I haven’t forayed into short stories properly. Sometimes I want to, a brief intro to the short story in Year 8 with Edgar Allan Poe as our Main Man really hooked me into the mystical allure of The Short Story.
Roald Dahl’s Skins and J. D. Salinger’s Nine Stories are the only two recent short story collections I’ve read. One of them I loved, the other bored me.
Dahl’s writing is dark. Only one of Salinger’s stories – the first one – had me enthralled. The way Salinger writes dialogue is incredible. I remember something about short stories, how they begin in the mix of things. Salinger begins his stories – or at least introduces his characters – mid-conversation. Yet in that first story he did something spectacular. For the most part it was normal, there were the words and the sentences strung along by some dialogue and some description. But there was action in every sentence, particularly towards the end. Simple actions like “he moved a step forward and picked up the book”, something like that. And somehow that made the shocking ending that much more shocking.
It was incredible, that first story about banana fish. The Glass family with all their mental problems and their skeletons and their existential crises will always have a place in my heart. However I didn’t understand the other eight stories, there was probably context I was missing.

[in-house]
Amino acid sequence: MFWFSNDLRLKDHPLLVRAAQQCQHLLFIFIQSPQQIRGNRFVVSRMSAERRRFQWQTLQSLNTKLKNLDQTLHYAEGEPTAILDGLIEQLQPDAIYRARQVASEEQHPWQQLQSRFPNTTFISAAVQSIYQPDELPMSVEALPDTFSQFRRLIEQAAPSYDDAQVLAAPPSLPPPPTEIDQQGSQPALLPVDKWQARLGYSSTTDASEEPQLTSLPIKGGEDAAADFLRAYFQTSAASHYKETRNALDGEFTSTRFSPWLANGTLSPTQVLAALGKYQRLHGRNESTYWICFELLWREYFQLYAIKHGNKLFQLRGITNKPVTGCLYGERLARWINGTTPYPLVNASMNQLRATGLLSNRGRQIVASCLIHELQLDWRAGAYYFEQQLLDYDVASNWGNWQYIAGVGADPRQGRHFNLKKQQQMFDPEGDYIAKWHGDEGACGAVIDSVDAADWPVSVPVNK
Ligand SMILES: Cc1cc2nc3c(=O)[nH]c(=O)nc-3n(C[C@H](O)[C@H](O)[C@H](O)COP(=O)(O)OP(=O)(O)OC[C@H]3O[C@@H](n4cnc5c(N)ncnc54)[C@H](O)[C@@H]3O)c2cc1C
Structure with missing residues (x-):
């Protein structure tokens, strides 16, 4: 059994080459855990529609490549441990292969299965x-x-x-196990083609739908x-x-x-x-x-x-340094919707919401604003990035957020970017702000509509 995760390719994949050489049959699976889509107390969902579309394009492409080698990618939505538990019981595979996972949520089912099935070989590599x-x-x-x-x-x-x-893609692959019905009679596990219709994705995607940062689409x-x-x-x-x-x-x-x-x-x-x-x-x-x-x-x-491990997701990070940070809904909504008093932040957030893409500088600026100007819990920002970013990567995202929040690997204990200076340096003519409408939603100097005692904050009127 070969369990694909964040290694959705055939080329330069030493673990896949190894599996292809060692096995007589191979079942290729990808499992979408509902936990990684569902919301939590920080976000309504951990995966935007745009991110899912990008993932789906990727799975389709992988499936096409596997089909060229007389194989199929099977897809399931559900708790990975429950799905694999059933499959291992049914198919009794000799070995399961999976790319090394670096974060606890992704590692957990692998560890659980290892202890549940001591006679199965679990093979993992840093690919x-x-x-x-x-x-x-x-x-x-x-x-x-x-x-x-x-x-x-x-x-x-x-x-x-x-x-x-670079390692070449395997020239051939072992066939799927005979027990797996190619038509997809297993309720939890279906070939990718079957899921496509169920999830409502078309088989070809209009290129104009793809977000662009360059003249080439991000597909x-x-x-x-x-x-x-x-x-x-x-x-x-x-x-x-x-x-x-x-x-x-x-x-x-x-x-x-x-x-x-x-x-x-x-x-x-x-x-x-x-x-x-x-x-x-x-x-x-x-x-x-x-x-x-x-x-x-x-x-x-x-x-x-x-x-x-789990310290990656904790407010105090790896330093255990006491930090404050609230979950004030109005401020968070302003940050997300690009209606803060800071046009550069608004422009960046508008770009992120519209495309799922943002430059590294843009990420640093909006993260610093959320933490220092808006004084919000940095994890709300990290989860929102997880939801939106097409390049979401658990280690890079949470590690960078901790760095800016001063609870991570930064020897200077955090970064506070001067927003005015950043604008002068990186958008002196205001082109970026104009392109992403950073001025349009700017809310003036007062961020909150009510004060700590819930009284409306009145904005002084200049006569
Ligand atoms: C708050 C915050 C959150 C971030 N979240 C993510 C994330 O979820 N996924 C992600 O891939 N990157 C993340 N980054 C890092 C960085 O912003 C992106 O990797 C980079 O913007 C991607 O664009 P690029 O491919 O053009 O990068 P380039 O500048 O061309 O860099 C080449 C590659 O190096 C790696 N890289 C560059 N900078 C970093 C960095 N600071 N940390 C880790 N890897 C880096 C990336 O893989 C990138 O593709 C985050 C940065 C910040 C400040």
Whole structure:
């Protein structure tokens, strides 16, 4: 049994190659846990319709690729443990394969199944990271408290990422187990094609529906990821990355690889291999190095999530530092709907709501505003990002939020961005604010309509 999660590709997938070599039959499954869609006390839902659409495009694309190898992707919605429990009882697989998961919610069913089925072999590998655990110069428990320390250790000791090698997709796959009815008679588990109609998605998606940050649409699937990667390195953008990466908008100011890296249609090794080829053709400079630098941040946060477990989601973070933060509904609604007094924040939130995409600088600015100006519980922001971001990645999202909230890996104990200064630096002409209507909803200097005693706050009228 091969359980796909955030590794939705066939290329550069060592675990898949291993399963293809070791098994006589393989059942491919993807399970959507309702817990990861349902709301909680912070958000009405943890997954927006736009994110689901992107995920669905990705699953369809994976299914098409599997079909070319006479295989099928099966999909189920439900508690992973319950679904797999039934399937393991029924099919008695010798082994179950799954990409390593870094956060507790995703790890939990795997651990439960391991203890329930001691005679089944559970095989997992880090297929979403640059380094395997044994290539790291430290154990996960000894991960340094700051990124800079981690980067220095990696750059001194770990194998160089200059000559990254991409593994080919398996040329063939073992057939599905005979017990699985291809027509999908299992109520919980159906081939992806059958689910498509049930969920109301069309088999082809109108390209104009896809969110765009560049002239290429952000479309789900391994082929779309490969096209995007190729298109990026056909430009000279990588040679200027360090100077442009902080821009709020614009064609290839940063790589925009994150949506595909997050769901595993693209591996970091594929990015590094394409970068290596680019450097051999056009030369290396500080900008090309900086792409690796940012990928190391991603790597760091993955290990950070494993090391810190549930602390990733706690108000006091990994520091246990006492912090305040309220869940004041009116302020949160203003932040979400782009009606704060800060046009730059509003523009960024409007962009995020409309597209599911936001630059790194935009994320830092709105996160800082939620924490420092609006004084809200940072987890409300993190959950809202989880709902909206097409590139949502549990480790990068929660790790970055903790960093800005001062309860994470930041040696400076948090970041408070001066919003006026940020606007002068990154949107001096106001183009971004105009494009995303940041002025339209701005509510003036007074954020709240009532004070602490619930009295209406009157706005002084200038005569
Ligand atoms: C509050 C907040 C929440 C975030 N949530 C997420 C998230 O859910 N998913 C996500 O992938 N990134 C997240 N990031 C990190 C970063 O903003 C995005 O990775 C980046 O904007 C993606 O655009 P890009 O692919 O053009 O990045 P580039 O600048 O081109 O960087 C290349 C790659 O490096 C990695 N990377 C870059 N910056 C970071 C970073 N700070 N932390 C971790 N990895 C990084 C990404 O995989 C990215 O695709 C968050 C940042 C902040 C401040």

With Dahl, he wrote about some epic dark explorations of the human condition. A man with a prize-worthy tattoo on his back. The lamb to the slaughter. A couple who were lodging with another couple.
This is the thing about short stories that make me want to read them. They are more often than not about a particular time and place. And they stay in that moment, and they explore that moment and that moment grows like a drop of water on fabric. How such small moments in lives and in history can somehow depict and wrestle with the great contentions of our times and of our hearts is extraordinary.